Shared Stories

I first heard Darden Smith on a local radio program as I was leaving town for the weekend.  Darden was on the radio promoting his newest album and I have not been able to stop thinking about Darden and the stories he shared since, that was over 6 weeks ago.

In this TED Talk Darden shares a song he co-wrote with Radney Foster, and which was likely my first time to hear Darden and his gift.

Also in this talk, and the reason I share it with you today, is he talks about the fear and excitement in using our gifts.  Darden’s gift is songwriting and he talks about some of the creative ways he is using his gift.

In many ways Darden’s story is like many of our own stories.  He shares being in an unfamiliar place sharing his songwriting and thinking he has nothing in common with those he is around.  So often we find ourselves in a group of people and may have the same thoughts, “Do I have anything in common with these people?”  “Does anyone know I am here?”  We do have something in common with those around us and we share stories with those in our space, sometimes in the most unlikely of places.  Sometimes finding the commonalities may require a little digging to find.  This past week I was sitting at the car shop all day for three days in a row.  Although I was in an unfamiliar community the shared stories of the other customers who were waiting for their repairs continue to excite me. Some of the customers shared their stories of their search for meaningful relationships, their passion to travel and find their career aspirations.  We talked of shared tastes in music and film and places to travel.

In the video Darden also shares some of the unconventional ways he shares his gifts.  He pursued life as a rock star for many years.  He has written and recorded several songs that resonate with me and have become part of my life script.  One of current ventures is using the stories soldiers share and helping them write songs.  One of the unconventional ways I have used my gifts in the past was as a Volunteer Coordinator with Grace Hospice.  Through that experience I grew and was shaped by the lives I crossed paths with.  Working with Volunteers was not something I had set out to do and in many ways felt unqualified to do.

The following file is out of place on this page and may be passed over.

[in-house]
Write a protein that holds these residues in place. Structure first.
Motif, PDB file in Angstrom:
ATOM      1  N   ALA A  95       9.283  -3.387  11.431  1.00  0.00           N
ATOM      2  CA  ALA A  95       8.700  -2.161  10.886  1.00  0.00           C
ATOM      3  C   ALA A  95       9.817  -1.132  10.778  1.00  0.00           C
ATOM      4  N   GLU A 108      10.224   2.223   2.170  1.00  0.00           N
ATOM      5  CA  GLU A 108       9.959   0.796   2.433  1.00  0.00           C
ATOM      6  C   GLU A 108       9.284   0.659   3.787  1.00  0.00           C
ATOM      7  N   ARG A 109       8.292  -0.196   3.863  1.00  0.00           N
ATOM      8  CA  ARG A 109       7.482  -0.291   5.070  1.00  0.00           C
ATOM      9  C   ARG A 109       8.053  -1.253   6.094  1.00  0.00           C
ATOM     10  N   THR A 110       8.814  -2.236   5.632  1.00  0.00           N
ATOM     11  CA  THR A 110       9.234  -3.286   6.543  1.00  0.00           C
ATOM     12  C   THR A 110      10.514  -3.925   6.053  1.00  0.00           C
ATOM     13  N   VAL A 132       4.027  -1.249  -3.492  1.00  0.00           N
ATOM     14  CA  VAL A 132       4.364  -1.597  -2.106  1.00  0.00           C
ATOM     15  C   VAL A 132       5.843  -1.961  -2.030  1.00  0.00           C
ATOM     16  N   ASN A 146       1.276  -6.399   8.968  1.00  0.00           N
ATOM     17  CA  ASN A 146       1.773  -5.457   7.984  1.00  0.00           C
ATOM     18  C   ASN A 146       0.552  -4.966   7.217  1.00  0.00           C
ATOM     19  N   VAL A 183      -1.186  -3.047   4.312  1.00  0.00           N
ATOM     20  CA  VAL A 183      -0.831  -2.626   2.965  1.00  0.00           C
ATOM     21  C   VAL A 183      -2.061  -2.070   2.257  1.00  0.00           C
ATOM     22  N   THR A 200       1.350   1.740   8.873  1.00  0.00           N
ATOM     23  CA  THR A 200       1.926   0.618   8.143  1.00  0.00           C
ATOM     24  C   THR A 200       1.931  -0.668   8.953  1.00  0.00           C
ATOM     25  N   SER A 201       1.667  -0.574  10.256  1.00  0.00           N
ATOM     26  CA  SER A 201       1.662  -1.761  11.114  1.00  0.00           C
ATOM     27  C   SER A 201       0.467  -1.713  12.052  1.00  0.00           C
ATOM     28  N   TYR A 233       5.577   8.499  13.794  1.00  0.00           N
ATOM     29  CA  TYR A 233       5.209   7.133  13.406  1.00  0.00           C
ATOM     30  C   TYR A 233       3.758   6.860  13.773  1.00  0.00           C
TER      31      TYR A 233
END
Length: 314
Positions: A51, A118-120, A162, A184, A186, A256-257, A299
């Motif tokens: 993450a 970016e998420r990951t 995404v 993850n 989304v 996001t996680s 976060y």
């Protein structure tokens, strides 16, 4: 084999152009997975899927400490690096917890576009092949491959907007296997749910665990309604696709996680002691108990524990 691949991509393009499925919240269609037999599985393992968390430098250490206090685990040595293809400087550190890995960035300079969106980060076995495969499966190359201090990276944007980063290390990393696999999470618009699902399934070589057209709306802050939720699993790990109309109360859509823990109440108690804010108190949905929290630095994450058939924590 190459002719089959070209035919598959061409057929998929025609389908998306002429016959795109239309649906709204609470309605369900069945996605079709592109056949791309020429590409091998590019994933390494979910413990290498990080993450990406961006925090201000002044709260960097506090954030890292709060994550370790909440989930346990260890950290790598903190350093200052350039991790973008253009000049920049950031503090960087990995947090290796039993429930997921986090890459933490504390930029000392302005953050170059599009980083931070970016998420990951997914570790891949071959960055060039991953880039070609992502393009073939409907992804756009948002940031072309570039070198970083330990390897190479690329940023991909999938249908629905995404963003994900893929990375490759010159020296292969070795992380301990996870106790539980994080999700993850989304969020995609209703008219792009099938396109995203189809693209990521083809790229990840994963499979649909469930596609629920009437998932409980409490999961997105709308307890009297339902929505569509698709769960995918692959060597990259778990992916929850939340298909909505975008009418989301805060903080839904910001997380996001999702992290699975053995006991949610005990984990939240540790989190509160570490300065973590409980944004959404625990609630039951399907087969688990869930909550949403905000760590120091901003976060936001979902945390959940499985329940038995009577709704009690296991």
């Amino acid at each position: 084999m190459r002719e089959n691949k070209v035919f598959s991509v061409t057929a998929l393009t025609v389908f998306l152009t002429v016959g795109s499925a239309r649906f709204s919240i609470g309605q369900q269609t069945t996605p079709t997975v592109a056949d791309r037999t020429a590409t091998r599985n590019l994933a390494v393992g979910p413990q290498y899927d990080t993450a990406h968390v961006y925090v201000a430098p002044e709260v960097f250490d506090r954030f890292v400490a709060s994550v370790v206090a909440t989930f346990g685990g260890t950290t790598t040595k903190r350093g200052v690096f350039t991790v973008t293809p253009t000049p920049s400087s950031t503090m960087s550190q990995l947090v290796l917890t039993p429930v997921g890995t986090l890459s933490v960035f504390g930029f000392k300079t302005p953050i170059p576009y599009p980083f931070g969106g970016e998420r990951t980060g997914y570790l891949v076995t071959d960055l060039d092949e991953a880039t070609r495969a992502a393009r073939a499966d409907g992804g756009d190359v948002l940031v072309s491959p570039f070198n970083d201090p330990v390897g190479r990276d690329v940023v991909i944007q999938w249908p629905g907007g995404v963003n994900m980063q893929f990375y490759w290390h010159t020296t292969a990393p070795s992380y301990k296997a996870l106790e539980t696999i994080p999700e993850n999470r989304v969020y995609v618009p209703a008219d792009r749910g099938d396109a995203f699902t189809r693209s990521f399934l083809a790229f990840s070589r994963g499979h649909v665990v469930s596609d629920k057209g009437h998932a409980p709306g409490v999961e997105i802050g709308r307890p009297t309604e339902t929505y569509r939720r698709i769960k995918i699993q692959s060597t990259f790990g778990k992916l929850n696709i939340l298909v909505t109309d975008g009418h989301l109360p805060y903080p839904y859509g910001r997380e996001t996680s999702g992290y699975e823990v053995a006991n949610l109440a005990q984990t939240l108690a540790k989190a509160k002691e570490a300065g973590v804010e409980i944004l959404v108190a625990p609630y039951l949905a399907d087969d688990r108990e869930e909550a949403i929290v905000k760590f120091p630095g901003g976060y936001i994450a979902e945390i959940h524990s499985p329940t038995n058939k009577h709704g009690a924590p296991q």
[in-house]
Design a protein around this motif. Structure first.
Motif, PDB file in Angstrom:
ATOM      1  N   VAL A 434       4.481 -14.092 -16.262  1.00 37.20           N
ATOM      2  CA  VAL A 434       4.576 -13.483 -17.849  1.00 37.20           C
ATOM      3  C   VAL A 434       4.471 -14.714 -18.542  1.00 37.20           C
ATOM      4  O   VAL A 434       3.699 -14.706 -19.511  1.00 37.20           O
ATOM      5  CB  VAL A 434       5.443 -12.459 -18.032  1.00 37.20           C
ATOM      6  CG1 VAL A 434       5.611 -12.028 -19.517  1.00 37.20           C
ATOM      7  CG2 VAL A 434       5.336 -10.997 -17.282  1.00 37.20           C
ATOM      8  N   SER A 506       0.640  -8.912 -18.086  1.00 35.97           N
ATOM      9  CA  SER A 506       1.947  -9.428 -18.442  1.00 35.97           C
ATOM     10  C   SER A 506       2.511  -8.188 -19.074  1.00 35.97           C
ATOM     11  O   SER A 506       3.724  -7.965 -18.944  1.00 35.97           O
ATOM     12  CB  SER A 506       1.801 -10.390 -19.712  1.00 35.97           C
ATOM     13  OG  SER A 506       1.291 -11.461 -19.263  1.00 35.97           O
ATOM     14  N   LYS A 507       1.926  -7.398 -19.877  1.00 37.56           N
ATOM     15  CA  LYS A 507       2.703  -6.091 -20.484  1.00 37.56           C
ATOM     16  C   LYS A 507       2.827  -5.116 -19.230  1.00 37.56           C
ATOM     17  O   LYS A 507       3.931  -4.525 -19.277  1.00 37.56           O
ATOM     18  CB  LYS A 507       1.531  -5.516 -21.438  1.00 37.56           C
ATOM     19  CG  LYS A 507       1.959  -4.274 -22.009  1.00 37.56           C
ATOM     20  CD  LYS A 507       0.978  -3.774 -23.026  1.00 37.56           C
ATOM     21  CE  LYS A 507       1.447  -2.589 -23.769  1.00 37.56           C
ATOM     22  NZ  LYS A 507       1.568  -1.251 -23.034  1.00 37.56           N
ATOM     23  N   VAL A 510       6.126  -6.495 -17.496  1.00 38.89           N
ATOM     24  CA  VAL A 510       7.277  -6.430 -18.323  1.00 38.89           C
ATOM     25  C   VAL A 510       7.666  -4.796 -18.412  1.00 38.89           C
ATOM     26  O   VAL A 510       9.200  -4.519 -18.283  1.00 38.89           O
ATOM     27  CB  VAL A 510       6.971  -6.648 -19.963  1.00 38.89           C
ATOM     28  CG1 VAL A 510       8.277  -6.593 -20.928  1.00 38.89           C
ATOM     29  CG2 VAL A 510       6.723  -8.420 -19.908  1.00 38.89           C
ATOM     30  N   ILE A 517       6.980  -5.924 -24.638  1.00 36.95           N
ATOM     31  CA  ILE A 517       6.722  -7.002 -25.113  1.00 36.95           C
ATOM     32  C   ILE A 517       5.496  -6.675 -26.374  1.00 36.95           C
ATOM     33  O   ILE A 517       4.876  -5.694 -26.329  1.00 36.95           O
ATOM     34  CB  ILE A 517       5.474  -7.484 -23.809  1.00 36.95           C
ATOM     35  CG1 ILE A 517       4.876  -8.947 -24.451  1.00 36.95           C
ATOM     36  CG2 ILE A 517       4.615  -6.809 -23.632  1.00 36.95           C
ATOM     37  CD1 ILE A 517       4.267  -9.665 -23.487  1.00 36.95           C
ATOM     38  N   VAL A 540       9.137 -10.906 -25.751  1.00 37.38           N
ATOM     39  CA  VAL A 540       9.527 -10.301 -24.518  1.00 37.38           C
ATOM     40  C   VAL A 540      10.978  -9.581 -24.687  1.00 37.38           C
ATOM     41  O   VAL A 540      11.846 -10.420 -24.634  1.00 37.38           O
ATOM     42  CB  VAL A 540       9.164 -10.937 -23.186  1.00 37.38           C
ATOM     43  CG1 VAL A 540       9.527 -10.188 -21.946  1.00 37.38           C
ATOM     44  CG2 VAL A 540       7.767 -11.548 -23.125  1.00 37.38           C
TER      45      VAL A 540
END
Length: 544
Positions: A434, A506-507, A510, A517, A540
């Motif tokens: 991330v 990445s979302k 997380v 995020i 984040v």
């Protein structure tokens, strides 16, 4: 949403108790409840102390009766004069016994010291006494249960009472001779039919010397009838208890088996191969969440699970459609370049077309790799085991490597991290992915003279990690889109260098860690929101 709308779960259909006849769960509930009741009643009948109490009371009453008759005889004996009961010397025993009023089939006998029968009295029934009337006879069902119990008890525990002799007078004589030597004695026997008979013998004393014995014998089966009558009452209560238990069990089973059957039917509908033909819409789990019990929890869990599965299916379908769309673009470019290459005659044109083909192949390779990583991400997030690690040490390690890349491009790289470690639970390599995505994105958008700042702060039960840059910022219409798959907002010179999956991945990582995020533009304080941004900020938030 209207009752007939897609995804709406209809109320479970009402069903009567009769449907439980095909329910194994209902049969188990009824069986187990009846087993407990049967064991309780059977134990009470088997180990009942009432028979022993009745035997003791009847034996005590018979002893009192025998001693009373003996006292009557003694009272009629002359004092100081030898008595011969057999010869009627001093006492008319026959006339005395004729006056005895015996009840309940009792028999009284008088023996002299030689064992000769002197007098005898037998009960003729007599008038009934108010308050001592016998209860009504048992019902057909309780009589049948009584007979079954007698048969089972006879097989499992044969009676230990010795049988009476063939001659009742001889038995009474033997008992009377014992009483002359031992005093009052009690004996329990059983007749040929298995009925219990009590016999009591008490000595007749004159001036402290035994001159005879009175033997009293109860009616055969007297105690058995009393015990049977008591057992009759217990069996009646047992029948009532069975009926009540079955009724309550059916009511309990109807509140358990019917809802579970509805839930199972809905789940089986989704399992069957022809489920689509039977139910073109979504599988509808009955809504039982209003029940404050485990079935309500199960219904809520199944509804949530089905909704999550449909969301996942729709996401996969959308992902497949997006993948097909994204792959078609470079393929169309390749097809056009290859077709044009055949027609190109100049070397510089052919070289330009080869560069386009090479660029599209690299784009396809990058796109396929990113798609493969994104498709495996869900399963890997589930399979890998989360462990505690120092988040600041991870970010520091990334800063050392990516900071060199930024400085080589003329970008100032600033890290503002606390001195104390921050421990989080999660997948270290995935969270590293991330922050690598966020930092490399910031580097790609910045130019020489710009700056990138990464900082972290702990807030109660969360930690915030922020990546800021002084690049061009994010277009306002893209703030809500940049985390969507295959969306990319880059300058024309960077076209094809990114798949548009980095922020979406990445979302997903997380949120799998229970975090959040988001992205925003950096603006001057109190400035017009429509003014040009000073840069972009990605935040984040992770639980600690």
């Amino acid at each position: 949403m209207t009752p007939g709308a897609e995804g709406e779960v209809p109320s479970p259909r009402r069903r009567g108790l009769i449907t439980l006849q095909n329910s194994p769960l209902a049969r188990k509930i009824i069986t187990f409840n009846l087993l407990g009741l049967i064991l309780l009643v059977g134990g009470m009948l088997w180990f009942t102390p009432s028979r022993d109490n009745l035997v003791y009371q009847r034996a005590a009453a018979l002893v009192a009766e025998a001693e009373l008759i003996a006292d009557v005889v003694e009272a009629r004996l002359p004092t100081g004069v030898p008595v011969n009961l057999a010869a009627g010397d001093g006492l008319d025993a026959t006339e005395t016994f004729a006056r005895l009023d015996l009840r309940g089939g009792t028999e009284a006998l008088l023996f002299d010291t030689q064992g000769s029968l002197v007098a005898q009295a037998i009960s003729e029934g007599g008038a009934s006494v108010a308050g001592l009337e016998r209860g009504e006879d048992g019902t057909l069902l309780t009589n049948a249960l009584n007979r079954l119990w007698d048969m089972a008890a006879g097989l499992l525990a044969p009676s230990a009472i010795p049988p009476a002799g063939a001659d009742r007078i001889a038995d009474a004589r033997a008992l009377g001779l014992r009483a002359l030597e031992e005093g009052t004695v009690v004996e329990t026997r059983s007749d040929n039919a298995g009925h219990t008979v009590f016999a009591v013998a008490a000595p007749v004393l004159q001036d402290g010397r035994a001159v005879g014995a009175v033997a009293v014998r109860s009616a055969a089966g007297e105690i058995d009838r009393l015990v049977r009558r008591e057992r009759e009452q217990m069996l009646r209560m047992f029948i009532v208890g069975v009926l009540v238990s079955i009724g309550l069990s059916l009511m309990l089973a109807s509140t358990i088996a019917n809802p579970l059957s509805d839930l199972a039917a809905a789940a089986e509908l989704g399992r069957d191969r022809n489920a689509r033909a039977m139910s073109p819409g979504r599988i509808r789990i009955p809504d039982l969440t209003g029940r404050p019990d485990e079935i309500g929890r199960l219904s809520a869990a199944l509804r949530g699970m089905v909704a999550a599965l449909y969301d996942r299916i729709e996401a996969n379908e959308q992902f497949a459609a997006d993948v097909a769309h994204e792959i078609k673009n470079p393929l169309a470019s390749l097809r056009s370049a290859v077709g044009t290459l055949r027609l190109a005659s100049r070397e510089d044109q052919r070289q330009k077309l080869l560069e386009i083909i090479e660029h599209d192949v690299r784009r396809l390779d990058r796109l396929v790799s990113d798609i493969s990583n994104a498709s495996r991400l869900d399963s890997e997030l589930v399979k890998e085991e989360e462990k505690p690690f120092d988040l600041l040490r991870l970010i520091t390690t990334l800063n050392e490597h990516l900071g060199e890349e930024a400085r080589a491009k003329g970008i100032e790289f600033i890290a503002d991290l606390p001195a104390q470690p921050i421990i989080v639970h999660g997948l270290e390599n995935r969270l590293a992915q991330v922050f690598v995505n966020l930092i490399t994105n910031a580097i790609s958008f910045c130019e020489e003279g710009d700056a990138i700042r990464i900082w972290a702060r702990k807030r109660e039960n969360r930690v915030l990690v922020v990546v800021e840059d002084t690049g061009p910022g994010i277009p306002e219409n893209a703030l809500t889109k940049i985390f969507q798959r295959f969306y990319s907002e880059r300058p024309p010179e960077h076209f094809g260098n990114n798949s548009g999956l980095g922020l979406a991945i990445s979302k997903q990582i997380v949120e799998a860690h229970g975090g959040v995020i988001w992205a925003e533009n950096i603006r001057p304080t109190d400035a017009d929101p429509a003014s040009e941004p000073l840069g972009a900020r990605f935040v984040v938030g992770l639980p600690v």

One of the things I enjoy most about providing Career Counseling is helping clients expand their search to include career paths and opportunities they may not have considered.  Helping them find unconventional ways to use their gifts and interests and I think that is why this video is so powerful for me at this time.



Music and it’s impact on our culture and economics

Last week I had the pleasure of attending the Texas State University Center for Sociology Inquiry symposium Hill Country Music Scenes.  There were two presenters and several members of a panel.  The first speaker, Dr Bryce Merrill, presented on the impact music has on our economics.  Although I did not study Economics in school I found this very enlightening.  He spoke about not only musicians, but publishers, recorders, and the other crew members and how they bring tourism, travel, and support the economy when people buy merchandise (CD’s, T-shirts, etc).

The Second presentation, by Dr. David Grazian, was on the impact of music on culture.  He spoke specifically of urban areas where buildings are repurposed for music and gave a specific example of a church.

Living in the Austin Area for the past 13 years I have seen how the community is impacted by musicians.  I see a community that is very creative, not only in writing and playing music, but stretching dollars.  We spoke about how unfortunately many who enjoy music in this community do not tip the musicians, but simply enjoy a “free” show.  How unfortunate! Is there any other profession that is asked to share their skills for free?  There are also creative people who design album covers and take photos of the musicians for publication.  Then there’s always a critic, who writes about the experience.

In 1999 SIMS Foundation was created in Austin.  It is a local non-profit that provides mental health services for local musicians.  I have always been fascinated with this agency.  They provide personal (individual) counseling, family, substance abuse and also band therapy in the past.  So often a band operates and interacts like a family.  The foundation was created after at least two musicians experienced a mental health crisis. Earlier this week the national news covered a story about a musician who completed suicide.  In light of the symposium and my experience with SIMS Foundation I wondered if this musician had reached out for help recently.  I hope to have the opportunity to work with some local musicians in the future.